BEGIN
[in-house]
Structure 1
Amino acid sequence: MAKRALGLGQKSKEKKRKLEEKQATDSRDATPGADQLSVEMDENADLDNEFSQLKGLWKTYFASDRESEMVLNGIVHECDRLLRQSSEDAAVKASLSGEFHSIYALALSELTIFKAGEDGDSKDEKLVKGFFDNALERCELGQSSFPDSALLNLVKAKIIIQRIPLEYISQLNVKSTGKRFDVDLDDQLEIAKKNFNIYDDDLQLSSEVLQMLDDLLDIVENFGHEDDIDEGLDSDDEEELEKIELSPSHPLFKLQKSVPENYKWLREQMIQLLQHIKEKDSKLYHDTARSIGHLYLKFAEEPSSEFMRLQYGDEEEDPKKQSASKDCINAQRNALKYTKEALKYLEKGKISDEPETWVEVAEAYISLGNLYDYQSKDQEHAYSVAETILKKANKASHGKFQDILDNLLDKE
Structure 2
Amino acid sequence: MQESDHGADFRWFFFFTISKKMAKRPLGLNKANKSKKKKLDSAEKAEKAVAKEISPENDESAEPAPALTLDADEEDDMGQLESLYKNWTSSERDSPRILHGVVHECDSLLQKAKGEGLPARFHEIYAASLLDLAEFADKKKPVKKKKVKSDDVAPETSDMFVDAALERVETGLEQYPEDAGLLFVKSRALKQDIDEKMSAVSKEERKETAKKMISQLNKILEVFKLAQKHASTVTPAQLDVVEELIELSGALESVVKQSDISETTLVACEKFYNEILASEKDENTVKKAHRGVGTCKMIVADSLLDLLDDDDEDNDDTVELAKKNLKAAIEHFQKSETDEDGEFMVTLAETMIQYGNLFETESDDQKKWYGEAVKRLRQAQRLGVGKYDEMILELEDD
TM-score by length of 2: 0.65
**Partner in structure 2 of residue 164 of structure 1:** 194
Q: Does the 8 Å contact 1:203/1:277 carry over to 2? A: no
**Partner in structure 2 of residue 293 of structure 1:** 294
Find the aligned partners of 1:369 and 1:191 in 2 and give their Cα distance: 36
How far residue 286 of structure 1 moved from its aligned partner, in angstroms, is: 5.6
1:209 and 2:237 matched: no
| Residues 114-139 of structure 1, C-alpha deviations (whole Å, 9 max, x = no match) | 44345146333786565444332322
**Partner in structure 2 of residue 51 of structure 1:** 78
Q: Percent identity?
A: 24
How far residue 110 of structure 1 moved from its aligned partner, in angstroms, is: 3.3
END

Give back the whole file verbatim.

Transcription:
[in-house]
Structure 1
Amino acid sequence: MAKRALGLGQKSKEKKRKLEEKQATDSRDATPGADQLSVEMDENADLDNEFSQLKGLWKTYFASDRESEMVLNGIVHECDRLLRQSSEDAAVKASLSGEFHSIYALALSELTIFKAGEDGDSKDEKLVKGFFDNALERCELGQSSFPDSALLNLVKAKIIIQRIPLEYISQLNVKSTGKRFDVDLDDQLEIAKKNFNIYDDDLQLSSEVLQMLDDLLDIVENFGHEDDIDEGLDSDDEEELEKIELSPSHPLFKLQKSVPENYKWLREQMIQLLQHIKEKDSKLYHDTARSIGHLYLKFAEEPSSEFMRLQYGDEEEDPKKQSASKDCINAQRNALKYTKEALKYLEKGKISDEPETWVEVAEAYISLGNLYDYQSKDQEHAYSVAETILKKANKASHGKFQDILDNLLDKE
Structure 2
Amino acid sequence: MQESDHGADFRWFFFFTISKKMAKRPLGLNKANKSKKKKLDSAEKAEKAVAKEISPENDESAEPAPALTLDADEEDDMGQLESLYKNWTSSERDSPRILHGVVHECDSLLQKAKGEGLPARFHEIYAASLLDLAEFADKKKPVKKKKVKSDDVAPETSDMFVDAALERVETGLEQYPEDAGLLFVKSRALKQDIDEKMSAVSKEERKETAKKMISQLNKILEVFKLAQKHASTVTPAQLDVVEELIELSGALESVVKQSDISETTLVACEKFYNEILASEKDENTVKKAHRGVGTCKMIVADSLLDLLDDDDEDNDDTVELAKKNLKAAIEHFQKSETDEDGEFMVTLAETMIQYGNLFETESDDQKKWYGEAVKRLRQAQRLGVGKYDEMILELEDD
TM-score by length of 2: 0.65
**Partner in structure 2 of residue 164 of structure 1:** 194
Q: Does the 8 Å contact 1:203/1:277 carry over to 2? A: no
**Partner in structure 2 of residue 293 of structure 1:** 294
Find the aligned partners of 1:369 and 1:191 in 2 and give their Cα distance: 36
How far residue 286 of structure 1 moved from its aligned partner, in angstroms, is: 5.6
1:209 and 2:237 matched: no
| Residues 114-139 of structure 1, C-alpha deviations (whole Å, 9 max, x = no match) | 44345146333786565444332322
**Partner in structure 2 of residue 51 of structure 1:** 78
Q: Percent identity?
A: 24
How far residue 110 of structure 1 moved from its aligned partner, in angstroms, is: 3.3